In Honolulu, Anaha at Ward Village offers a first-of-its-kind amenity for Hawaii.By Leah Demirjian
Architecture, interior design, and planning firm Solomon Cordwell Buenz announces the completion of the second residential condominium tower in Honolulu's Ward Village. Dubbed Anaha—which translates to "reflection of light" in Hawaiian—the tower is a residential cornerstone of the Howard Hughes Corp.–developed, cosmopolitan Hawaiian complex.
The tower's most novel feature—a glass-bottomed, saltwater pool—extends 15 feet off the edge of the building's seventh floor. Supported by cantilevers, the 75-foot-long swimming pool is the first of its kind in Hawaii and offers sweeping views of the coast and downtown Honolulu. The pool was conceptualized by Surfacedesign, the project's landscape architects.
The 60-acre master planned community, which is located in the vibrant Kaka’ako district of Oahu, showcases how architectural place-making can transform a city's center into a bustling urban core. The 40-story, 857,000-square-foot Anaha tower creates 311 condominium homes with the hope of transforming a previously industrial and retail-focused district into a thriving mixed-use community.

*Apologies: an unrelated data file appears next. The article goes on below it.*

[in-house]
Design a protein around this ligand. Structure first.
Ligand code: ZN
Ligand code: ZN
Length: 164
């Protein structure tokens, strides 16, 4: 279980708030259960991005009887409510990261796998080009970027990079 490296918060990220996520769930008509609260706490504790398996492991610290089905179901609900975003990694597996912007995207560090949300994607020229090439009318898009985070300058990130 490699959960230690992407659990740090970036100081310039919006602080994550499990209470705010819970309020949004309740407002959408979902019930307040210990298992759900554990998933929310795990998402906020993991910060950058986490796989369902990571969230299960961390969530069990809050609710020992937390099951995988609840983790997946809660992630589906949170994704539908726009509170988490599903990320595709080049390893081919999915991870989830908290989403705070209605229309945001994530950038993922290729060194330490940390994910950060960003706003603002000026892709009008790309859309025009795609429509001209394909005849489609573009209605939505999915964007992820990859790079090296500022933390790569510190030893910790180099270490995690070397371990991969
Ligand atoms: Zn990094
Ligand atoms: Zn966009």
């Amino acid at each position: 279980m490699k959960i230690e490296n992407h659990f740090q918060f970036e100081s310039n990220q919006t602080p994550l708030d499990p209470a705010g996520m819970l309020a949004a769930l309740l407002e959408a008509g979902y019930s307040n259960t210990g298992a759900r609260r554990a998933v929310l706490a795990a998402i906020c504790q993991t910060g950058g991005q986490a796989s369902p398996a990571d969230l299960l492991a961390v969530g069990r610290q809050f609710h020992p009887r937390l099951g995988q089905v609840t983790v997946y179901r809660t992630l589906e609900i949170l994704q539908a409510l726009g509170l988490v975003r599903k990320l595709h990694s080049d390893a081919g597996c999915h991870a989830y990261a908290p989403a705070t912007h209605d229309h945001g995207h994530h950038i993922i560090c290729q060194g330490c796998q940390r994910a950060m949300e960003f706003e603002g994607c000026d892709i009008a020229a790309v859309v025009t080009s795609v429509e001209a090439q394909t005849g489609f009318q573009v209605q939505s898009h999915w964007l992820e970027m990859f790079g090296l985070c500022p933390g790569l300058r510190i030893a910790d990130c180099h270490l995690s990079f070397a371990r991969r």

The tower's undulating architecture—inspired by its coastal location—features a wave motif that lends the project a distinctly island-style feel. Its form is derived from a sequence of shifted, interlocking curved floor plates, and its floor-to-ceiling glass curtain walls provide unobstructed views of the ocean and mountains. Anaha's façade is designed with a green-blue glass cladding meant to mimic the colors and shapes found in the Pacific Ocean.
"The composition is reminiscent of the play between the crests and troughs of a calm ocean wave," said the architects in a press release. "And like a wave, the reflection of light off the façade will constantly alter as the viewpoint and environmental conditions change."
In addition to the floating infinity pool, the building offers a bevy of luxe amenities, including the largest green living wall in the United States, which contains a blend of 8,000 indigenous tropical plants, as well as a sand volleyball court, a dog run, and a movie theater.
ABOUT THE AUTHOR
Leah Demirjian is senior associate editor of design for Custom Home, Builder, and previously, ARCHITECT. She holds a bachelor's degree in writing. Before joining Hanley Wood Media, she worked with an architecture firm in Los Angeles.
Chris Coleman, VP of Development at Wingspan, periodically shares his thoughts and observations on property development news.